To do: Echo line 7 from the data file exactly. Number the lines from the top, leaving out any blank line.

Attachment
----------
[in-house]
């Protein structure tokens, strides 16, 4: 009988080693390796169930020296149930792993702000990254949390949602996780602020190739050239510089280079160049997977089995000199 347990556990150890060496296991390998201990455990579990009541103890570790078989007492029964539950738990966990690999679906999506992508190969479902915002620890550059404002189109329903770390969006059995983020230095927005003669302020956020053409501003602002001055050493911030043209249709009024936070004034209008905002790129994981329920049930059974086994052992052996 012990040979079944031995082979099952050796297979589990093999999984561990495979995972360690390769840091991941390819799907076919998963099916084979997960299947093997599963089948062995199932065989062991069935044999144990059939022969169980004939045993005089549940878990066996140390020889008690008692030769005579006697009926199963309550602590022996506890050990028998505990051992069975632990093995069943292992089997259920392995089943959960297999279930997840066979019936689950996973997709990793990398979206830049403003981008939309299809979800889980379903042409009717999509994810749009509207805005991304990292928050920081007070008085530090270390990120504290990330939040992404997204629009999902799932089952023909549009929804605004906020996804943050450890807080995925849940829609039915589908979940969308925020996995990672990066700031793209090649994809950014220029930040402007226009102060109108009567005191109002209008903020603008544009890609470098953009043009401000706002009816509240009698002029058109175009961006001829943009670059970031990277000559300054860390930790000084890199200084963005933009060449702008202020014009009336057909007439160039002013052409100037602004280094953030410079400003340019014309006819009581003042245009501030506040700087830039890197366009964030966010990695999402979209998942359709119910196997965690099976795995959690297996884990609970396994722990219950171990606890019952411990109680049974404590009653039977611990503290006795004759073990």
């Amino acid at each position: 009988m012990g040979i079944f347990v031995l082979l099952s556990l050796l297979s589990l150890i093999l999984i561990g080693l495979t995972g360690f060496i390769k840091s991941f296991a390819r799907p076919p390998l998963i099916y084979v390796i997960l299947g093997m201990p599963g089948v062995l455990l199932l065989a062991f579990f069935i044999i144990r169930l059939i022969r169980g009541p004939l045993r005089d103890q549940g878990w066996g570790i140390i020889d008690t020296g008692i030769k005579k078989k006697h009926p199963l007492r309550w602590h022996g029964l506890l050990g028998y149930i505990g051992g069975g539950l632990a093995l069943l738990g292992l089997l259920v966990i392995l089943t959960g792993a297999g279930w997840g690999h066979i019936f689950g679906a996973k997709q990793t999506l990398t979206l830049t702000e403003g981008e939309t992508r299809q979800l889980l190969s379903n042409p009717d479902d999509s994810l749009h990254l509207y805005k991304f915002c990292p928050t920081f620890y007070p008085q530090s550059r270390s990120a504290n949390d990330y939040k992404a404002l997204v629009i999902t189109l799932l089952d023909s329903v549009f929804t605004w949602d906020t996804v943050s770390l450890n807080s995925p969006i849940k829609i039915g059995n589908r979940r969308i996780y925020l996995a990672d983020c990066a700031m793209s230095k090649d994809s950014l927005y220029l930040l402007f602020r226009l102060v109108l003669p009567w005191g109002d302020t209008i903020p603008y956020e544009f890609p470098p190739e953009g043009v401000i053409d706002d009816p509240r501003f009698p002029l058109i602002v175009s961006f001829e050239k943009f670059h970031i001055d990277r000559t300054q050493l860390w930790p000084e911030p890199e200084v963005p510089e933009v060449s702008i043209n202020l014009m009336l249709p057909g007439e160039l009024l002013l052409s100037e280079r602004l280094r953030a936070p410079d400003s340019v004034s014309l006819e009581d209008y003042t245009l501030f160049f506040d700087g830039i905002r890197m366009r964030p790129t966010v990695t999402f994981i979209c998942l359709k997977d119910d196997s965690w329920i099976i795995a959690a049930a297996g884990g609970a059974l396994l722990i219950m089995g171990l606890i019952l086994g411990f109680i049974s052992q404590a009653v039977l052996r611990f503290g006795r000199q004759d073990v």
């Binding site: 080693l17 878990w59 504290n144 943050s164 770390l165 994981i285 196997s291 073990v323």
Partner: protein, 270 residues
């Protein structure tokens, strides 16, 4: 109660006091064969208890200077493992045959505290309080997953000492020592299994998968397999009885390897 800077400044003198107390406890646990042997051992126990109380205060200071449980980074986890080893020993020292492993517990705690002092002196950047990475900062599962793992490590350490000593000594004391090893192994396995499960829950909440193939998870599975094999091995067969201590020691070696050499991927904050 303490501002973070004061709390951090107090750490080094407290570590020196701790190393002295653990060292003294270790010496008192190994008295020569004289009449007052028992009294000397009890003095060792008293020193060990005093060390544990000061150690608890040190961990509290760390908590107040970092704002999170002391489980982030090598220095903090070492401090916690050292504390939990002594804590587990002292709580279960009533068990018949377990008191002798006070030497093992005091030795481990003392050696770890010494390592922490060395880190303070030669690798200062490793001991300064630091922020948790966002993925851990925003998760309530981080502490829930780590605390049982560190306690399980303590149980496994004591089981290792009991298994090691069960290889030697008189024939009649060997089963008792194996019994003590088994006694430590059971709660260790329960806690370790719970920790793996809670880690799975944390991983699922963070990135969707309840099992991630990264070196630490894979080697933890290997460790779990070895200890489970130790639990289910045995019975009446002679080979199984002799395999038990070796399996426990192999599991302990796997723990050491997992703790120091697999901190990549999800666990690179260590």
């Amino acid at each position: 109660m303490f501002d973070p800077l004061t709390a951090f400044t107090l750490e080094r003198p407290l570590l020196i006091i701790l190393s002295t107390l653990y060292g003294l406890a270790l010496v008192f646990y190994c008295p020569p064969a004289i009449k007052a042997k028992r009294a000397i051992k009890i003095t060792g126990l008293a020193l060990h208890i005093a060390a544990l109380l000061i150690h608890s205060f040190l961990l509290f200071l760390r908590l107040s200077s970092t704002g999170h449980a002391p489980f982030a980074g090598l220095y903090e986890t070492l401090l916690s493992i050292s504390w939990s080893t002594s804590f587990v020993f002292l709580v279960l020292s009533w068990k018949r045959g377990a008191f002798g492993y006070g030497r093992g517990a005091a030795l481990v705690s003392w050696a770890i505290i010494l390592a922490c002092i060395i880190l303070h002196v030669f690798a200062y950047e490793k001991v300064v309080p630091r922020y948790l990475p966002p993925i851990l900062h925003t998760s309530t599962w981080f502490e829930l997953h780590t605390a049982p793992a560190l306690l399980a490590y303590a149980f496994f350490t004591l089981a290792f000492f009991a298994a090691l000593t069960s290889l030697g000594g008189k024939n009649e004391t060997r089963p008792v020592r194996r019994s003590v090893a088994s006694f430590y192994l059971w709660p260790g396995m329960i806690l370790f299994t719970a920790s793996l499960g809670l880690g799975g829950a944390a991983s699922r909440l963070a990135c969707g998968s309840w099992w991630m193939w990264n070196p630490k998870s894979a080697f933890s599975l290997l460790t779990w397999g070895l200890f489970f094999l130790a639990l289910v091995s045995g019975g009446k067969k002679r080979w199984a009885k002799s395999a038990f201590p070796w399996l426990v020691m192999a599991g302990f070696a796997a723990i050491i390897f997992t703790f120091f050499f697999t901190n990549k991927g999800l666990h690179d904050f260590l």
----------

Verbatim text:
């Amino acid at each position: 109660m303490f501002d973070p800077l004061t709390a951090f400044t107090l750490e080094r003198p407290l570590l020196i006091i701790l190393s002295t107390l653990y060292g003294l406890a270790l010496v008192f646990y190994c008295p020569p064969a004289i009449k007052a042997k028992r009294a000397i051992k009890i003095t060792g126990l008293a020193l060990h208890i005093a060390a544990l109380l000061i150690h608890s205060f040190l961990l509290f200071l760390r908590l107040s200077s970092t704002g999170h449980a002391p489980f982030a980074g090598l220095y903090e986890t070492l401090l916690s493992i050292s504390w939990s080893t002594s804590f587990v020993f002292l709580v279960l020292s009533w068990k018949r045959g377990a008191f002798g492993y006070g030497r093992g517990a005091a030795l481990v705690s003392w050696a770890i505290i010494l390592a922490c002092i060395i880190l303070h002196v030669f690798a200062y950047e490793k001991v300064v309080p630091r922020y948790l990475p966002p993925i851990l900062h925003t998760s309530t599962w981080f502490e829930l997953h780590t605390a049982p793992a560190l306690l399980a490590y303590a149980f496994f350490t004591l089981a290792f000492f009991a298994a090691l000593t069960s290889l030697g000594g008189k024939n009649e004391t060997r089963p008792v020592r194996r019994s003590v090893a088994s006694f430590y192994l059971w709660p260790g396995m329960i806690l370790f299994t719970a920790s793996l499960g809670l880690g799975g829950a944390a991983s699922r909440l963070a990135c969707g998968s309840w099992w991630m193939w990264n070196p630490k998870s894979a080697f933890s599975l290997l460790t779990w397999g070895l200890f489970f094999l130790a639990l289910v091995s045995g019975g009446k067969k002679r080979w199984a009885k002799s395999a038990f201590p070796w399996l426990v020691m192999a599991g302990f070696a796997a723990i050491i390897f997992t703790f120091f050499f697999t901190n990549k991927g999800l666990h690179d904050f260590l």